Since then, tight supplies of raw materials and commodities have typically spurred investment in new production, and research in efficiency and substitution of cheaper materials have helped head off shortages. As a result, for much of the last century, the global economy was fueled by a seemingly endless supply of cheap, abundant raw materials.
But the rapid expansion of the global pool of middle-class consumers is straining the world's supplies of natural resources—from energy and minerals to water and food—at a pace that would make Malthus say "I told you so."
"It's not the total number of people, it's the number in the consuming class," Fraser Thompson, a senior fellow at the McKinsey Global Institute, co-author of a 2011 report on resource sustainability. "That's where the real transformational change is happening."
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The numbers are stark. While the current world population of about 7 billion is projected to top 8 billion by 2030, almost all of that growth is expected to come in the developing world. That means the current population of consumers— people with more than $10 a day to spend— is expected to more than double from 1.8 billion to 4.8 billion.
Still, experts in sustainability say the story of the human race doesn't have to end badly.
After dire predictions of "peak" oil a decade ago, for example, rising energy prices spurred investment in new production. New technologies prompted a boom in production of "unconventional" shale deposits. Consumers have switched to higher efficiency cars, bending the demand curve for gasoline, which has been in decline since 2007.
But the solutions to energy shortages are more difficult to apply to resources like water or food, especially in the developing world where demand is expected to grow even more rapidly than at any time in history.
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As Thompson explains, much of the resources that exist are in harsh geographic locations with limited access to infrastructure. And much of the supply is in countries fraught with political risk. That makes sustainable resource development more difficult.
One solution is to use a much larger share of resources more than once. But while it's easy enough to recycle an aluminum can; it's a lot harder to reuse the raw materials used to make cars or shoes.
"The only way out of that is the way we design products (for recycling) in the first place," according to SAP's Graf. "Because a lot of what we do right now ends up on landfills."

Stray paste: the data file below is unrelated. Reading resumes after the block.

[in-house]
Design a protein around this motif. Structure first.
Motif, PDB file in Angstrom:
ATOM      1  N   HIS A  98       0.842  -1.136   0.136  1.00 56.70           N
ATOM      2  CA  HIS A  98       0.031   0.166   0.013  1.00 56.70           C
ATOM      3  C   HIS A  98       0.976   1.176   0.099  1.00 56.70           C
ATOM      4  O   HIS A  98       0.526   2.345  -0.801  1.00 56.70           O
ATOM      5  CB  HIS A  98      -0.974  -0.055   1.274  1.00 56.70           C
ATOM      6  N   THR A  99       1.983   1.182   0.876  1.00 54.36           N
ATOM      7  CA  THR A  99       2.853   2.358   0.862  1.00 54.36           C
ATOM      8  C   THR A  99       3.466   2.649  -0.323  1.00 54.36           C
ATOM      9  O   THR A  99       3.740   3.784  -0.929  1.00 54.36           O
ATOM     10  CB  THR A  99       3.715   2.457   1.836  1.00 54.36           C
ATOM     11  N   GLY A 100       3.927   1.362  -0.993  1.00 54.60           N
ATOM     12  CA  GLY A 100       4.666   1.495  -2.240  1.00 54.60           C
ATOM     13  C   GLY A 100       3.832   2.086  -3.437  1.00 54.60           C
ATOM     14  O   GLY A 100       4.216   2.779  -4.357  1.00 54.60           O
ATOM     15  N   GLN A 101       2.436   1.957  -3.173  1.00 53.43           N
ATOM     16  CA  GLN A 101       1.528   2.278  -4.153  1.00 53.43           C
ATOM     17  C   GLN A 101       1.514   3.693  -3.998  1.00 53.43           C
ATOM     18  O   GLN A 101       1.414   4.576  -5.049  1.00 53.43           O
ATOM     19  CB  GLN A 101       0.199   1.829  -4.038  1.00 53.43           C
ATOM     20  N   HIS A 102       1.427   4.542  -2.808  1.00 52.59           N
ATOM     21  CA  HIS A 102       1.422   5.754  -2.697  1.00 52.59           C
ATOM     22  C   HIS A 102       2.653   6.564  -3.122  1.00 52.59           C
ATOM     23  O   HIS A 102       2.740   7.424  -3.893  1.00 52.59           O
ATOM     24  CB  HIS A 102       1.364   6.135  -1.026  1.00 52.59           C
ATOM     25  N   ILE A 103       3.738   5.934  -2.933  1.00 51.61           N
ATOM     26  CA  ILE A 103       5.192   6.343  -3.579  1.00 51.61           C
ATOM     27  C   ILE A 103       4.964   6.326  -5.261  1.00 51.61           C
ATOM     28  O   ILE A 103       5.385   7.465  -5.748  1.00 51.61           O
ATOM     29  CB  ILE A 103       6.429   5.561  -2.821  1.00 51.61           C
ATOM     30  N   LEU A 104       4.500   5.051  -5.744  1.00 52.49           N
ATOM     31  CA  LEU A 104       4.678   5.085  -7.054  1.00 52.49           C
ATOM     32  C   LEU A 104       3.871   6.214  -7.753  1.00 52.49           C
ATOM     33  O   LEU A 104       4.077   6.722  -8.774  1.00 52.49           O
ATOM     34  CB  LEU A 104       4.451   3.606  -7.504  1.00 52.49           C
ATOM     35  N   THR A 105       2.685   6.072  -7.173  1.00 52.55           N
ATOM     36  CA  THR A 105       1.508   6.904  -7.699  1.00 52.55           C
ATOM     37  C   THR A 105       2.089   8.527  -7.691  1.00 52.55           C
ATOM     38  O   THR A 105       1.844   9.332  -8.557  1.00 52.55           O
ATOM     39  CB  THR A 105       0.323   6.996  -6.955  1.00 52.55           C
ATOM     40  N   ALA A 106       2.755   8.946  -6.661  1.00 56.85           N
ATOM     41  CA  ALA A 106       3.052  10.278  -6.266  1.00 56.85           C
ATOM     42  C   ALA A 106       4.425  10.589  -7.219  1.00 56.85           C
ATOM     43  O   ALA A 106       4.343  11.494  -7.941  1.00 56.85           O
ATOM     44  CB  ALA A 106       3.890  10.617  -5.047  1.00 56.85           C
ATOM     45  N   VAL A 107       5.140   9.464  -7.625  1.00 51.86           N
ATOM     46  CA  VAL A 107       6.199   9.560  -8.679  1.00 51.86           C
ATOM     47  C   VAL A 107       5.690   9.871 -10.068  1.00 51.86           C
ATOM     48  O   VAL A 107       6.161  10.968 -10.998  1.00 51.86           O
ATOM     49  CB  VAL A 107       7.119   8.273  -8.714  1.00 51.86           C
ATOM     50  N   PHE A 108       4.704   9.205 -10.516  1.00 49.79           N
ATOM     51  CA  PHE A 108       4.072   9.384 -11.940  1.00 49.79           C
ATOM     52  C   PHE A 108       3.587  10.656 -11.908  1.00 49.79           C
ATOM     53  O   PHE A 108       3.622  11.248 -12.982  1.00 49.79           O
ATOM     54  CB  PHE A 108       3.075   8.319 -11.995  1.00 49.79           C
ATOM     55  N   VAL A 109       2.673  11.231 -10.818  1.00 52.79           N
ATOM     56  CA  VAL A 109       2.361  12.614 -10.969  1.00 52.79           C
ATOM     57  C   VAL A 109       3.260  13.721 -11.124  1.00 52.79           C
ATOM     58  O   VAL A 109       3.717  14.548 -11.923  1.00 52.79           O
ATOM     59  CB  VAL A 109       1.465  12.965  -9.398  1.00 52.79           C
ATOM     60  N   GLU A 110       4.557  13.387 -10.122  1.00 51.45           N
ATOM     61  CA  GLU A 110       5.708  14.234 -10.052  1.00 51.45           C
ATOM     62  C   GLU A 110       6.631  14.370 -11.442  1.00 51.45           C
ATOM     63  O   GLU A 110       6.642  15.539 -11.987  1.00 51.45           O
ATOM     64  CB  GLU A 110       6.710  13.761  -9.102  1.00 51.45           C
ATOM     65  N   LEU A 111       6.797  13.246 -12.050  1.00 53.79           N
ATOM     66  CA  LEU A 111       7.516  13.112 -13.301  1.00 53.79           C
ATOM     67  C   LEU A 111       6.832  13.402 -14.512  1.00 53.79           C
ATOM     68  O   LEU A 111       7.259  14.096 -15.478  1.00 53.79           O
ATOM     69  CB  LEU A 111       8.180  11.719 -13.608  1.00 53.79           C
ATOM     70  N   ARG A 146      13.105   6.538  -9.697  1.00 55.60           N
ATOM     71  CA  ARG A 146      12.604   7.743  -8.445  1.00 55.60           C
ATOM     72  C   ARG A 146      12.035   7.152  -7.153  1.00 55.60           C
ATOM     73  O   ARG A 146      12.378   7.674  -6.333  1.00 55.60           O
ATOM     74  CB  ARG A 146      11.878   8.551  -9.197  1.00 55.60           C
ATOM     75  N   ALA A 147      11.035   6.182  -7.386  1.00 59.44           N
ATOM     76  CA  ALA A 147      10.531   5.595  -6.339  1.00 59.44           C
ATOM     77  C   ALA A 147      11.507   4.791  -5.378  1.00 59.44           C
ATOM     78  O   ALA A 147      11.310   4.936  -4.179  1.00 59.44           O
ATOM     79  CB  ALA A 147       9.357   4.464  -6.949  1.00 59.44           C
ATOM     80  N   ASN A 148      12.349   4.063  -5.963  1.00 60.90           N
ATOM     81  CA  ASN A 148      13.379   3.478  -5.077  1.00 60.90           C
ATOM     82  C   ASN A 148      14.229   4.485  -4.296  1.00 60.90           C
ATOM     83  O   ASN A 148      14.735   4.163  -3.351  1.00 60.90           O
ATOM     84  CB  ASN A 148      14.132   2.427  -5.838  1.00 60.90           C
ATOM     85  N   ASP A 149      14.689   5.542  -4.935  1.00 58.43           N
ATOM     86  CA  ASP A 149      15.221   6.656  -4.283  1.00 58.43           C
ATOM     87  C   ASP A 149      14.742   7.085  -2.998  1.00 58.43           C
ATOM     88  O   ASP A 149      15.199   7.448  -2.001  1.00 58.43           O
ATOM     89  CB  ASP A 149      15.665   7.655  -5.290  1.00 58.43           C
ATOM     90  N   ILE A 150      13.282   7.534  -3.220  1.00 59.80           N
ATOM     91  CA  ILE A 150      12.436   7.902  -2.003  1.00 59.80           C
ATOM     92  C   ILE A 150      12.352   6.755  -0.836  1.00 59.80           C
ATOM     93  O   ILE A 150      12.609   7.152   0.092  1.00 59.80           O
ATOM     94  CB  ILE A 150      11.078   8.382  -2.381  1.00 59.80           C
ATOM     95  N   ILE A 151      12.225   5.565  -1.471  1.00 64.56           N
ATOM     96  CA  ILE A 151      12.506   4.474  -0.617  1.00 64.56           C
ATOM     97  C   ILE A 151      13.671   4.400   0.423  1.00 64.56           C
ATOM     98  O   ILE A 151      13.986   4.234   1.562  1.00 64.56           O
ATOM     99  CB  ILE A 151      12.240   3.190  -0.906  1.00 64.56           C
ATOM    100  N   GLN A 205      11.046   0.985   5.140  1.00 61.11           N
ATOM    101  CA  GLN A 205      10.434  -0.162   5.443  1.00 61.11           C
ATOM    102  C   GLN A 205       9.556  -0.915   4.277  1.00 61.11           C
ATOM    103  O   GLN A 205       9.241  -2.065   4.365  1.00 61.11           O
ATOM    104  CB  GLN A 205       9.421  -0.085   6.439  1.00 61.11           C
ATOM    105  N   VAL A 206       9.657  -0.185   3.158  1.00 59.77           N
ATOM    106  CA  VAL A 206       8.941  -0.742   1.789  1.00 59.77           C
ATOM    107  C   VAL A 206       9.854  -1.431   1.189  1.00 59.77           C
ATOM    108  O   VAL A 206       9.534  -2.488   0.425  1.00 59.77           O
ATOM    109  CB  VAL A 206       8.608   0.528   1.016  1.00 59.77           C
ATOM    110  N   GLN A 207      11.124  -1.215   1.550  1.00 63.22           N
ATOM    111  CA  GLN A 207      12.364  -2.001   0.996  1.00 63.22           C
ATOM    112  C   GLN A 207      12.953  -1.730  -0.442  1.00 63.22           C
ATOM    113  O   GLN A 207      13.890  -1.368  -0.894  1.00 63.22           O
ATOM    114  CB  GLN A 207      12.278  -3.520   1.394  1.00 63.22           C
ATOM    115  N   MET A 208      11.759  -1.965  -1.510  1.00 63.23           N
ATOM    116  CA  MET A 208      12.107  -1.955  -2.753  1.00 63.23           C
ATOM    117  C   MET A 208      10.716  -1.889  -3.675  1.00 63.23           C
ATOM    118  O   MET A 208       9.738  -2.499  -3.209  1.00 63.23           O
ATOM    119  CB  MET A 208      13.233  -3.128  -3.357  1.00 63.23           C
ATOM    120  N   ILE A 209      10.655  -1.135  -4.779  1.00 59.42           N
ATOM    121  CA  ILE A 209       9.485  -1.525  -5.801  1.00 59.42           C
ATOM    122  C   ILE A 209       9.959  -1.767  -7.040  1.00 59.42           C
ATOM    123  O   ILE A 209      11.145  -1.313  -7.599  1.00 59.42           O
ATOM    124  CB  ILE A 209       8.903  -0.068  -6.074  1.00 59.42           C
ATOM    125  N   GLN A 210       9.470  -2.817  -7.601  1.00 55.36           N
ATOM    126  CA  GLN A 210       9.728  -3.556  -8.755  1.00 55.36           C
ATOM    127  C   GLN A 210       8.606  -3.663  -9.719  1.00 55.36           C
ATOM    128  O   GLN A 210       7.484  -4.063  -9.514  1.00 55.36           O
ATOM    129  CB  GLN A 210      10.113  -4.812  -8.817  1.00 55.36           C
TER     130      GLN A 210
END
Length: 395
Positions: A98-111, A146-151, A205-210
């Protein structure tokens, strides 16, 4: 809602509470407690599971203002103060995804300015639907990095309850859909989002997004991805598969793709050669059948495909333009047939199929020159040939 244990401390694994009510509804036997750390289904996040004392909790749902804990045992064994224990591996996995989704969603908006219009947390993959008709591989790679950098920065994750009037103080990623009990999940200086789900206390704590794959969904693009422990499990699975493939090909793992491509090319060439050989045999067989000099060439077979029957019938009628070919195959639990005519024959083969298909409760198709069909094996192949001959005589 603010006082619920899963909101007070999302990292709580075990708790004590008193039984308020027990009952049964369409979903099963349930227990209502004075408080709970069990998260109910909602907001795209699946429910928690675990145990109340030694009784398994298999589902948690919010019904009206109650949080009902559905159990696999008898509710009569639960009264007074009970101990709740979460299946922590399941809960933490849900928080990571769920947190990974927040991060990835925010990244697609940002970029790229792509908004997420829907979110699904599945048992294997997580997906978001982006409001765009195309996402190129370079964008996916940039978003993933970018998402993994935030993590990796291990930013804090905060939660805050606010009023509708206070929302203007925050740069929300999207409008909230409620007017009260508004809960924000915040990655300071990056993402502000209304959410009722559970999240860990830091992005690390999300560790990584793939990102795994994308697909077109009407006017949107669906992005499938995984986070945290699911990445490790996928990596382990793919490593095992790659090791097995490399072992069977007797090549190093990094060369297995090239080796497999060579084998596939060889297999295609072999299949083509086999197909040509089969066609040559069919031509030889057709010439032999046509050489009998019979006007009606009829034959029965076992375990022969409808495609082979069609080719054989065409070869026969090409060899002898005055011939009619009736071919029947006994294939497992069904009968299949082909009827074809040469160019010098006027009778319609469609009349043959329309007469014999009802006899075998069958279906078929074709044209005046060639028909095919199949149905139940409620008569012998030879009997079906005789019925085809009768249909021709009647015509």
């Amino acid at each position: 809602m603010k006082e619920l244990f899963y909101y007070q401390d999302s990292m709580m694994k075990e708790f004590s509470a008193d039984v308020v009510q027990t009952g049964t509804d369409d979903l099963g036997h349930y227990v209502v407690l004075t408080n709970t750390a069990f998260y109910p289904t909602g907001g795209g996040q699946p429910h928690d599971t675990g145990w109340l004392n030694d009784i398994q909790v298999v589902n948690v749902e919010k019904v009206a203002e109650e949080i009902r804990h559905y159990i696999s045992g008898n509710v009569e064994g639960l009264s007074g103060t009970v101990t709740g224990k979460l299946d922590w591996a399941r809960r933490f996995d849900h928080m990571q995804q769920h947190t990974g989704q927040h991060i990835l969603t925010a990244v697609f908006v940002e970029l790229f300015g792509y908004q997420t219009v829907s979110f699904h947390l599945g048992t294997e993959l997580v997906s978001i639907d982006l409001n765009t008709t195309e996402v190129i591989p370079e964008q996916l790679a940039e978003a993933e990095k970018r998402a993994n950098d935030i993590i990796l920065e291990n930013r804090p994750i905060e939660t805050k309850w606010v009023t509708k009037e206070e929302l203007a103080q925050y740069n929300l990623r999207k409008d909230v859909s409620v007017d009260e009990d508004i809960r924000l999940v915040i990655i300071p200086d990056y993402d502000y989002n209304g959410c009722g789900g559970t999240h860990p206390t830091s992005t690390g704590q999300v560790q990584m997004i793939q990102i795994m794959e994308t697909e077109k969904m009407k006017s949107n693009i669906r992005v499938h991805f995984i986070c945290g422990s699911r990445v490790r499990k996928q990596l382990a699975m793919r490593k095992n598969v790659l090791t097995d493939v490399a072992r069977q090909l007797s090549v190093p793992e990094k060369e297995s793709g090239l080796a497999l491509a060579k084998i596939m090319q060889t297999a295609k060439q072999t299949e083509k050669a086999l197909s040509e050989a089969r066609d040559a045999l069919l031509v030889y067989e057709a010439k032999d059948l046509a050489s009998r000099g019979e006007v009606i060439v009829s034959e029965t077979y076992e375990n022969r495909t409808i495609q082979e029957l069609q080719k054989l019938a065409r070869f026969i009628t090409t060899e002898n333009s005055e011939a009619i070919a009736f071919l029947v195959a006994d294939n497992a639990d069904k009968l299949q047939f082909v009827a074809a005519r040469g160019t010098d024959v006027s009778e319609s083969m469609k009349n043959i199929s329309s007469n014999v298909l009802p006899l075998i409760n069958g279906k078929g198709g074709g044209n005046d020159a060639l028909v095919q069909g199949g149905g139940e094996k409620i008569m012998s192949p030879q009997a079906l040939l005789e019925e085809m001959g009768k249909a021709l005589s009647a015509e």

Those technologies have the potential to substantially alter the projections of looming shortages, according to Fernando Miralles a hydrologist at the Inter-American Development Bank (IAB).
"What people fail to consider is that these trends will drive the development of different approaches and different technologies that will help solve the problem," said Miralles.
"Trying to say that you're doomed because you're not going to be able to solve it with today's technology is a self-defeating premise."
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The IAB, for example is helping officials in Argentina develop new water infrastructure, introduce more efficient agriculture practices and spur conservation in the northern part of the country where both urban residents and farmers face a projected 20 percent decline in water supplies by 2050 because of climate change, he said.
Many of the world's major cities lose as much as 50 percent of their waiter supply to leaks; rebuilding aging infrastructure could go a long way toward heading off shortages. Improved efficiencies in agriculture—the biggest source of water demand—could stretch supplies by substituting drop irrigation for sprayers or lining irrigation ditches with plastic.
As Graf sums it up: "We can sit here and hope and wait that research or someone will come along and figure it out and let us continue to do what we've done in the past, or we can take the bull by the horns and optimize our use of resources today."
—By CNBC's John W. Schoen. Follow him on Twitter